Thousands of scientists from around the world will be debating dozens of issues facing the planet at the International Union for Conservation of Nature’s 10-day conference in Honolulu, which kicks off Thursday.
While many of those World Conservation Congress discussions will explore the latest studies and management strategies, others will look at the ethical and moral responsibilities behind the proposed ways to address everything from climate change to endangered species.
The issue of gene drives, a new technology far more powerful than the genetic modification being used to engineer pest-resistant corn, will be part of that discourse and illustrates the challenge of trying to take advantage of advances in science without causing unintended and irrevocable consequences.
Claire Cummings, an attorney, author and journalist, has been closely tracking the latest developments in gene drives and how the technology may be used in Hawaii to combat avian malaria in an effort to save endemic forest birds on the verge of extinction.
“We aren’t asking the right questions,” she said. “The technician or genetic engineer only asks: Does it work? We want to ask a more compelling question: What else does it do? We want to discuss the state of the science, the ecological and ethical issues, and the fact that there are no laws or regulations that can properly govern gene drives at this time.”
Steve Rissing, a biology professor at Ohio State University, explained gene drives and their potential to help — or hurt — mankind in a column last week in The Columbus Dispatch. He broke down the technology like this:
Gene drives are molecular mechanisms that tip the balance in otherwise random genetic events.
As it is with most organisms, we get one copy of each of the genes that make us human from our mothers and fathers. As parents, we also contribute only one of those genes to a child; the other parent provides the second gene copy.
Which of our two copies of each gene we provide a child is a toss-up. Often, it doesn’t matter; the two genes we inherited are identical. Sometimes the gene we provide a child does make a difference, determining a physical or behavior trait.
Now imagine a way to rig that usually random system and tilt the balance in favor of one copy of a gene over the other …
With gene drives, scientists can edit genes at the level of their individual DNA bases so that it’s no longer random what trait gets passed on to the offspring, which could allow people to control entire populations of species.
“We might be able to exploit our knowledge of these mechanisms to eliminate mosquito populations that carry Zika, dengue or chikungunya viruses,” Rissing wrote. “We might rescue endangered species by eliminating invasive competitors. But we also might make these situations worse with no ability to reverse the effects once released into the environment.”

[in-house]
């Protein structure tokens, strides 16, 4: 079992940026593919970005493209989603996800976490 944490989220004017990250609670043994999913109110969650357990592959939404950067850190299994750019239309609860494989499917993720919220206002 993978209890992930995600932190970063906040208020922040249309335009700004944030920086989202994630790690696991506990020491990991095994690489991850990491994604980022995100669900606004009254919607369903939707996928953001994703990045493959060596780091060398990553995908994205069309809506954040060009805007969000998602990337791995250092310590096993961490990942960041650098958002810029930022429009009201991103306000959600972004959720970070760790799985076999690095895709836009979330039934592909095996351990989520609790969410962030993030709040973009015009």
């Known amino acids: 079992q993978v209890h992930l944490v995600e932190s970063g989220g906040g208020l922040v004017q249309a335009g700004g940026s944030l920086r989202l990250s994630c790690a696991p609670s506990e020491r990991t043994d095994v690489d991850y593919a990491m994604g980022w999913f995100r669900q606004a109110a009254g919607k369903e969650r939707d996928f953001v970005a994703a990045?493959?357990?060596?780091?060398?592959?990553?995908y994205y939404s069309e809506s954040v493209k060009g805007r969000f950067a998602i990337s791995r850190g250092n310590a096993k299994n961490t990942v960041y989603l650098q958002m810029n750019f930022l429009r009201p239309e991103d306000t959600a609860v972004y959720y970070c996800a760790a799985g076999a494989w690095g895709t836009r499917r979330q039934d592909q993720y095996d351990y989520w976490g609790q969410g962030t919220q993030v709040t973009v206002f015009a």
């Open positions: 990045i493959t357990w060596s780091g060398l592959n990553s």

Cummings, who has worked in Hawaii for more than 30 years, said that’s just part of her concern. It’s also about the fact that Hawaii may end up being the guinea pig again.
“Hawaii has long been used as a testing ground, by the military, by the agrochemical and biotechnology industry, and now by those who pose as conservationists promoting ‘silver bullet’ technologies,” she said. “Where is the concern for the entire ecological food chain, something Native Hawaiian traditional ecological knowledge takes into account? What would be the impact on farmers, nature lovers, and even tourists?”
Michael Samuel, a wildlife ecologist at the University of Wisconsin, told the MIT Technology Review in May that “the perfect place to experiment with these technologies is on an island.”
He has built computer models that show how climate change is threatening to make birds endemic to Hawaii go extinct.
The article notes how gene drives, which are being developed to address human malaria in Africa, might be used to completely eliminate mosquitoes in Hawaii by modifying a gene to spread when they reproduce that eventually kills them all.
“It would be nice to get rid of the mosquitoes,” ecologist Eben Paxton told the Technology Review. “Hawaii used to be a true bird paradise.”
Cummings is on one of two panels at the IUCN that will be exploring the role of gene drives in conservation. Information about her panel, to be held Monday, is available here; information on the other panel, set for Sunday, can be found here.
Cummings is also hosting a panel open to the general public Tuesday evening. It starts at 6 p.m. at Church of the Crossroads in Honolulu, and features Hokulei Lindsey, a Native Hawaiian advocate, Dana Perls, senior campaigner for Friends of the Earth, and Jim Thomas, program director for the ETC Group.
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